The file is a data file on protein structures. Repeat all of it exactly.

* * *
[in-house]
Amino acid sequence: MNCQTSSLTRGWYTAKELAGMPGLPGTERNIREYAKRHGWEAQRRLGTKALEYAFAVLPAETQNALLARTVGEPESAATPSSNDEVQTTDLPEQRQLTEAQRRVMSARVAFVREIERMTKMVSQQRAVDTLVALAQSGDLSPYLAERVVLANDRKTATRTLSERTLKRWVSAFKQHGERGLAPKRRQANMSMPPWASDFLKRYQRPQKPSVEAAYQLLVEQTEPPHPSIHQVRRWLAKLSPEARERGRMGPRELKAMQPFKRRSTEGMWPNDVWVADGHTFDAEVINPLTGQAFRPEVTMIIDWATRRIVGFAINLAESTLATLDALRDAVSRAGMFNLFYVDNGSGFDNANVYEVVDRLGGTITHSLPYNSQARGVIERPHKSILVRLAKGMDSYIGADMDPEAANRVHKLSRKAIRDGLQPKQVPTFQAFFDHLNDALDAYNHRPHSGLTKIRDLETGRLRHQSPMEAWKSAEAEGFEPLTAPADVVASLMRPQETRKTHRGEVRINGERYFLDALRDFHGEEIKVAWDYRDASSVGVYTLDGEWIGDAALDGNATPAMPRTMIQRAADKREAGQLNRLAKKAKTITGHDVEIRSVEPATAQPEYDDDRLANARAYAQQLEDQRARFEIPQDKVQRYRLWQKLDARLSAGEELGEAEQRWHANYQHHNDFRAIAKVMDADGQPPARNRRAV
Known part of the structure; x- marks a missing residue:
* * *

[in-house]
Amino acid sequence: MNCQTSSLTRGWYTAKELAGMPGLPGTERNIREYAKRHGWEAQRRLGTKALEYAFAVLPAETQNALLARTVGEPESAATPSSNDEVQTTDLPEQRQLTEAQRRVMSARVAFVREIERMTKMVSQQRAVDTLVALAQSGDLSPYLAERVVLANDRKTATRTLSERTLKRWVSAFKQHGERGLAPKRRQANMSMPPWASDFLKRYQRPQKPSVEAAYQLLVEQTEPPHPSIHQVRRWLAKLSPEARERGRMGPRELKAMQPFKRRSTEGMWPNDVWVADGHTFDAEVINPLTGQAFRPEVTMIIDWATRRIVGFAINLAESTLATLDALRDAVSRAGMFNLFYVDNGSGFDNANVYEVVDRLGGTITHSLPYNSQARGVIERPHKSILVRLAKGMDSYIGADMDPEAANRVHKLSRKAIRDGLQPKQVPTFQAFFDHLNDALDAYNHRPHSGLTKIRDLETGRLRHQSPMEAWKSAEAEGFEPLTAPADVVASLMRPQETRKTHRGEVRINGERYFLDALRDFHGEEIKVAWDYRDASSVGVYTLDGEWIGDAALDGNATPAMPRTMIQRAADKREAGQLNRLAKKAKTITGHDVEIRSVEPATAQPEYDDDRLANARAYAQQLEDQRARFEIPQDKVQRYRLWQKLDARLSAGEELGEAEQRWHANYQHHNDFRAIAKVMDADGQPPARNRRAV
Known part of the structure; x- marks a missing residue: